On another day during our trip, we took the train out to the incredible Abbey in Melk. (Stift Melk). It's about 25 km outside of Vienna. Here are the girls with their "tickis" or Kinderfahrkarten, tickets just for kids. They loved them, Ellie especially. She carried that thing around most of the day. (Until she dropped it in the Danube--something she still talks about!)
An hour and two trains later, we arrived in Melk. The abbey is an impressive crown on the hill. If you're interested, check out their website HERE where you can see more pictures and get mor information. The abbey itself is huge--nearly two football fields in length. (That is American football, not European football.) :) It was built in the 12th century.
I love this picture because here is Ellie, flanked by an incredible example of architecture and what is she centered on? Her snack. Way to keep your priorities, Ellie.
Here's where the Abbot would greet you, on the balcony ahead (just above the doorway) flanked by statues of Peter and Paul.
Inside there are several rooms that you can tour. You can also take a guided tour, but we had learned (even this early on) that guided tours were not intended for 2-3 yr olds. (Who knew?) It's also incredibly important that we could move at our own pace. Haa haa. Here's something I think Indiana Jones found once before....
And actually, during the tour we took, it was wonderful to see the gospel clearly presented. Jesus is thanked several times for being the sacrifice that saves us from our sins, and we loved actually seeing that in a place of worship that has been around so long and has seen so much. Once you make it through the first several rooms, you come in to the Marble Hall, where guests were greeted. The ceiling has been painted to look rounded, though the corners are actually square. And there are an impressive number of allusions to the Greek gods, which I believe are to appease the Habsburgs (the then-ruling family of Austria) because they saw themselves to be appointed to rule Austria by God.
Checking out the marble hall.
A view from the abbey toward the Danube and the town of Melk.
This is how Ellie gets around Europe--by backpack. And one must have gummi bears on hand to make the backpack successful. (Don't tell the abbey we actually fed our child in their library...they might die of shock.)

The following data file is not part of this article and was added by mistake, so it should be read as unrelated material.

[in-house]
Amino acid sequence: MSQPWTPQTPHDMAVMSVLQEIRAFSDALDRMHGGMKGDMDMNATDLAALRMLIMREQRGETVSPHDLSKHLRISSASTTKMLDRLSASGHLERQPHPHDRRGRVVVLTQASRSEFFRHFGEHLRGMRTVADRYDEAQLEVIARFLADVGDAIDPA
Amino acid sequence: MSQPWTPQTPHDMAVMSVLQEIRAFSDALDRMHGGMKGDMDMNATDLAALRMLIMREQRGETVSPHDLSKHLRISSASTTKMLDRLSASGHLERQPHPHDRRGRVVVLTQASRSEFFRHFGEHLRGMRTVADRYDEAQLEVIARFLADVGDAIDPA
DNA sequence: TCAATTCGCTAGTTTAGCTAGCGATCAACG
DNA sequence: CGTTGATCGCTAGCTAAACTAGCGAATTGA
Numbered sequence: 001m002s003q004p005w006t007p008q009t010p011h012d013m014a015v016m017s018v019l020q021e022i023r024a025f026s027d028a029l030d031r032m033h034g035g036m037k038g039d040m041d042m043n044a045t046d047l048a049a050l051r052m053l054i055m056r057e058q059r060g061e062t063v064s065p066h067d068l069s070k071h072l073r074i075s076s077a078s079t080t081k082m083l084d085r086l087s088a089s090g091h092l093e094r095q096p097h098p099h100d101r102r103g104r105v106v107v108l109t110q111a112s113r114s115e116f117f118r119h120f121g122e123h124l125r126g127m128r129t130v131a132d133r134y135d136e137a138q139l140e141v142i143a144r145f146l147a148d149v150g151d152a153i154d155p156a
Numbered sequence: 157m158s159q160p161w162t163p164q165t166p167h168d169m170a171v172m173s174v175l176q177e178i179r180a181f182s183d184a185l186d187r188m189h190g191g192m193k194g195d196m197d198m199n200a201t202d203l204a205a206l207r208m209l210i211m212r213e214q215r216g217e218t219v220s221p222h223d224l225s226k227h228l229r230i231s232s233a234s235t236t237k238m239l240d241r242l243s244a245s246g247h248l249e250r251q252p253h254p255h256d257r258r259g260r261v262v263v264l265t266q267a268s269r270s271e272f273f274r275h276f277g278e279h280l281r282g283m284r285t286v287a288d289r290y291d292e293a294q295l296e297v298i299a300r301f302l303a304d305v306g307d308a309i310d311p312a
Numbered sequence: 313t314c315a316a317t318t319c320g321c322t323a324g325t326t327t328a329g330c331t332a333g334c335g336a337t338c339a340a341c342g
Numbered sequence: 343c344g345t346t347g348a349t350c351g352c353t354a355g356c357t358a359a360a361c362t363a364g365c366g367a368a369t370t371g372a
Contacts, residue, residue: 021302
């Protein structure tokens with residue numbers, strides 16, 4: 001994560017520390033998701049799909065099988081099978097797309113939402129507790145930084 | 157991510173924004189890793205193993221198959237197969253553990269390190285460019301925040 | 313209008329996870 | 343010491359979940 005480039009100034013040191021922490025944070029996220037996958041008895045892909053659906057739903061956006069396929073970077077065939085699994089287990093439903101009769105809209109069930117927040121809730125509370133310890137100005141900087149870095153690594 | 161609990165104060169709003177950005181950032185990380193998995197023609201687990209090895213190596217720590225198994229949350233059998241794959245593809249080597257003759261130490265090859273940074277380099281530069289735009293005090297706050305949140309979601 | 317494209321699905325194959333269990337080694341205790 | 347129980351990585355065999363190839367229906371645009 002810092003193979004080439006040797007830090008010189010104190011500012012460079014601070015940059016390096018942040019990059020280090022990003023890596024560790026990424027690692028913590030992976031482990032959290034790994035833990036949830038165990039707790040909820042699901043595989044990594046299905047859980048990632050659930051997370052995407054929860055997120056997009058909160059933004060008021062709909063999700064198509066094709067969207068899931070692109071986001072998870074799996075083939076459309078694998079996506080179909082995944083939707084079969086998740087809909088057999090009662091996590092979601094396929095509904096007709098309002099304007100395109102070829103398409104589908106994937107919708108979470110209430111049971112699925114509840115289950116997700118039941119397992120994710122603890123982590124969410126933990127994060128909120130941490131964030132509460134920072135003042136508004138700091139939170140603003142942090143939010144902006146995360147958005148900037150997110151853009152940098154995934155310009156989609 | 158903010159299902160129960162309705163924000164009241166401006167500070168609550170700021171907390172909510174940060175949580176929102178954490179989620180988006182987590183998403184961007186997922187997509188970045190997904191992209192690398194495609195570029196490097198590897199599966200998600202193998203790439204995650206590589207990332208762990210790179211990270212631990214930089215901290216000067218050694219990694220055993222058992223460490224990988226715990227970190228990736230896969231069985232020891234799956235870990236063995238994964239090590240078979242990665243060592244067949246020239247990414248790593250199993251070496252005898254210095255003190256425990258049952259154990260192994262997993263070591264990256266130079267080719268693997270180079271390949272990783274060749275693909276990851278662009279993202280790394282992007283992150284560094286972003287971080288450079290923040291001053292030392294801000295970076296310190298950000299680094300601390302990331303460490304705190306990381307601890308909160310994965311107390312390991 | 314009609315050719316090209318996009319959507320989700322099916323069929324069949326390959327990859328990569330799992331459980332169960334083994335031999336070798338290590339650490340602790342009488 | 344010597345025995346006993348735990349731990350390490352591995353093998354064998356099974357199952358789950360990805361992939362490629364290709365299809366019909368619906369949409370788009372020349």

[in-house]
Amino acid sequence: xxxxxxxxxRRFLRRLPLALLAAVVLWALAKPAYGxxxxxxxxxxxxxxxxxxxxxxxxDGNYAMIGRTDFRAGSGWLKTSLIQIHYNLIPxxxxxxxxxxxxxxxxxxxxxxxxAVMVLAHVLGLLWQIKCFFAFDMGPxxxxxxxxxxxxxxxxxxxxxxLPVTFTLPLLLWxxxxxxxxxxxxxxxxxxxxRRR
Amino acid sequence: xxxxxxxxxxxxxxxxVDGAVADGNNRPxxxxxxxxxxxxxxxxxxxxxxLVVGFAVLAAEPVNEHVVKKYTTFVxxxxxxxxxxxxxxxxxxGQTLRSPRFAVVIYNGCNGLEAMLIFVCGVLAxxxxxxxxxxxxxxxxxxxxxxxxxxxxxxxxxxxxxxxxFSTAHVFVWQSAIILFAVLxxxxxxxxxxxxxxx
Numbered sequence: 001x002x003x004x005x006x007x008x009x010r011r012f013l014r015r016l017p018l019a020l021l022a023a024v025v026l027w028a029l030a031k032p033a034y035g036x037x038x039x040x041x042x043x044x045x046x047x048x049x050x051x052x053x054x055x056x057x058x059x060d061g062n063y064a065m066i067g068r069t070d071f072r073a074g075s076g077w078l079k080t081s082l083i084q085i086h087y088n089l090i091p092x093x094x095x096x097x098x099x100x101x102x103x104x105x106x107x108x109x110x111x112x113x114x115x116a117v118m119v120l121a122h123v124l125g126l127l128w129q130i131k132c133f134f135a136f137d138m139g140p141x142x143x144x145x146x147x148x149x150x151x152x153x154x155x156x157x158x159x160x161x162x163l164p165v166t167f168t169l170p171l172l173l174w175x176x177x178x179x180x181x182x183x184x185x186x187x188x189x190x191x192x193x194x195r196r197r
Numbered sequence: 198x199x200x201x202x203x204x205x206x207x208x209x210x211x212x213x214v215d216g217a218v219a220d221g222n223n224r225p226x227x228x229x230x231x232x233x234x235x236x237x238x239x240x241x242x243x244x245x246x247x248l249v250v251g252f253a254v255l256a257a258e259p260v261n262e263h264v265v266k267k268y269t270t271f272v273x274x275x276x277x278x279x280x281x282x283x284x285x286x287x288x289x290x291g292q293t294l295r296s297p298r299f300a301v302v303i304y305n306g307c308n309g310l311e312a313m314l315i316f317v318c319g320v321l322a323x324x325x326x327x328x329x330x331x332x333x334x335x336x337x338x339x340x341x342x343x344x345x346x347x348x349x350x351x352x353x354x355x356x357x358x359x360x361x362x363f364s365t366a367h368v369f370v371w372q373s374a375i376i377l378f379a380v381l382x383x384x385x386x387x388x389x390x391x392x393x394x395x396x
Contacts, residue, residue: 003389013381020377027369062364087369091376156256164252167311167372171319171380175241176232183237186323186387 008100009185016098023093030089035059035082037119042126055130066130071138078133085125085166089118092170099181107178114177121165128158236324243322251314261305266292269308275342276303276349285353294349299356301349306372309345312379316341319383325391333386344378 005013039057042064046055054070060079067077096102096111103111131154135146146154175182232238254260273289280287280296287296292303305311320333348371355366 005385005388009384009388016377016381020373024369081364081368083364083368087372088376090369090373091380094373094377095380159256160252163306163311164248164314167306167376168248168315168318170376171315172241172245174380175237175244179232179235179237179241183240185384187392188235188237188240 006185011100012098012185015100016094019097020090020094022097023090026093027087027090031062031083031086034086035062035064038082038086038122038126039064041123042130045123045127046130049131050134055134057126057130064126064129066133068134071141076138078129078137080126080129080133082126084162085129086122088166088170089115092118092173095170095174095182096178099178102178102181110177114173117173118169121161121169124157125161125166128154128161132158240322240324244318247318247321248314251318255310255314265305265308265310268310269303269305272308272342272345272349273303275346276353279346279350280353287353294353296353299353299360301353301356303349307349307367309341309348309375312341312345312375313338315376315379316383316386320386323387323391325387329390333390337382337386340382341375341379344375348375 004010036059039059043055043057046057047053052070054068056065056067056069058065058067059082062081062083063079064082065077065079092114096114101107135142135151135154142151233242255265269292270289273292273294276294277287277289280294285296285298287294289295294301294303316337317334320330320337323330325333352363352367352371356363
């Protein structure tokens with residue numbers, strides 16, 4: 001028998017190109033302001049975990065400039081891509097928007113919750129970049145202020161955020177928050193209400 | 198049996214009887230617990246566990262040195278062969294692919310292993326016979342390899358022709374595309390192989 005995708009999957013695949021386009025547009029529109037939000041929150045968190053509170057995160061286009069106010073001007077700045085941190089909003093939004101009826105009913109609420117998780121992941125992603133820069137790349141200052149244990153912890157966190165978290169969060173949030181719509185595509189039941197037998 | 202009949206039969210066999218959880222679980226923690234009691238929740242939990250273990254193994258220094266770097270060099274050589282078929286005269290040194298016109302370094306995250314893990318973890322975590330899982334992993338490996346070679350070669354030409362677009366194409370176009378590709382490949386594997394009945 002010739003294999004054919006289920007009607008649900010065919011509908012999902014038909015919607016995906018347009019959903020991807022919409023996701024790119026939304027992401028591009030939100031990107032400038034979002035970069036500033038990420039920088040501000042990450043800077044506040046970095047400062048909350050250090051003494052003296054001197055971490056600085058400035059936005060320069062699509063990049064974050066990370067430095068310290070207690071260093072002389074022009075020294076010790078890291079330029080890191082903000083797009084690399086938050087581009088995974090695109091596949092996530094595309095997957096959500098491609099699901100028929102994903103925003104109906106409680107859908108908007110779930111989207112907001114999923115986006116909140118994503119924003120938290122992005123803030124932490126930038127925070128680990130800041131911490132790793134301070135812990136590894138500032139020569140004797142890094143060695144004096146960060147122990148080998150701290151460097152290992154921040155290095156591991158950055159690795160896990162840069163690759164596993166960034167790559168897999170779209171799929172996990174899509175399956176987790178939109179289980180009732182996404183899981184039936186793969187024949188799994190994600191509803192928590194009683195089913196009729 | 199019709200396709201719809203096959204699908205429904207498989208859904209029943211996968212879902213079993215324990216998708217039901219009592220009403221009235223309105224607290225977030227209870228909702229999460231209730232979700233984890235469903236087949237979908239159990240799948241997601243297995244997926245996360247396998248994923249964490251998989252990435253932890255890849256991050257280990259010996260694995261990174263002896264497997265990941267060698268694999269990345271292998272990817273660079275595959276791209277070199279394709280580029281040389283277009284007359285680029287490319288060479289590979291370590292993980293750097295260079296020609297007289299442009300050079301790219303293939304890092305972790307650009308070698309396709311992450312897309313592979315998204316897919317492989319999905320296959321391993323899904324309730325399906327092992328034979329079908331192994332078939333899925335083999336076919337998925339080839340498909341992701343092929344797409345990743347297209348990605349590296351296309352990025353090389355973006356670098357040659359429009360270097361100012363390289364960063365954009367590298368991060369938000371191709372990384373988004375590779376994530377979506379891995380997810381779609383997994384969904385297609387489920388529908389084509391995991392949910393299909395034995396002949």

Of course, this is the second most important part of the abbey--the library. I can't begin to explain what it was like, standing in this astounding place of learning and power (as it had once been in it's height). It's understandable to see how abbots were kings of their own kingdom--and how the spiritual condition of a particular abbot directed the workings of the whole abbey and all who were associated with it. In fact, Melk was so important that they once owned their own Gutenburg Bible. But they sold it to Harvard in the 80's to fund their restoration. (Money very well spent, as you can see and will see in the next pictures.) Today, Melk is still responsible for 23 parishes and runs a secondary school.
Once you leave the library, you enter the church. It seemed everything in this church glittered, so much of it was covered in gold. This is the high altar, in the front of the chapel. You can see the two middle statues are Peter and Paul, greeting each other for the last time before they head off to make disciples and become martyrs. The huge crown above is the papal crown with the world above and God (whom you can't really see) sitting on top of the world. I told Kate about God sitting there on the globe and she looked up and considered. Her response to me was "I don't think God has a mustache."
This is the ceiling in the chapel, looking toward the pipe organ.
And of course, the chapel isn't complete without a little Baroque creepiness.
We bought a piece of artwork in the gift shop and headed to the abbey garden for lunch. Here's where we parked, far enough away from the all-too-tempting fish pond.
After lunch, we caught the boat for a cruise down the Danube.
This city is a major sight of the Wachau Valley (the part of the Danube we cruised down). This castle (see the remains on the top of the hill) held Richard the Lionheart as prisoner when he was returning home from the crusades.
We were so thankful to be on the boat and not riding bikes or walking as it rained quite a bit during the cruise. But praise God, when we landed the rain stopped! We walked into Krems, had dinner, and saw two other churches that were impressive but certainly not as impressive as the church from which we had just come. Here's one of the streets of Krems and it reminds me of why I will never mistake Europe for America. They just look nothing alike.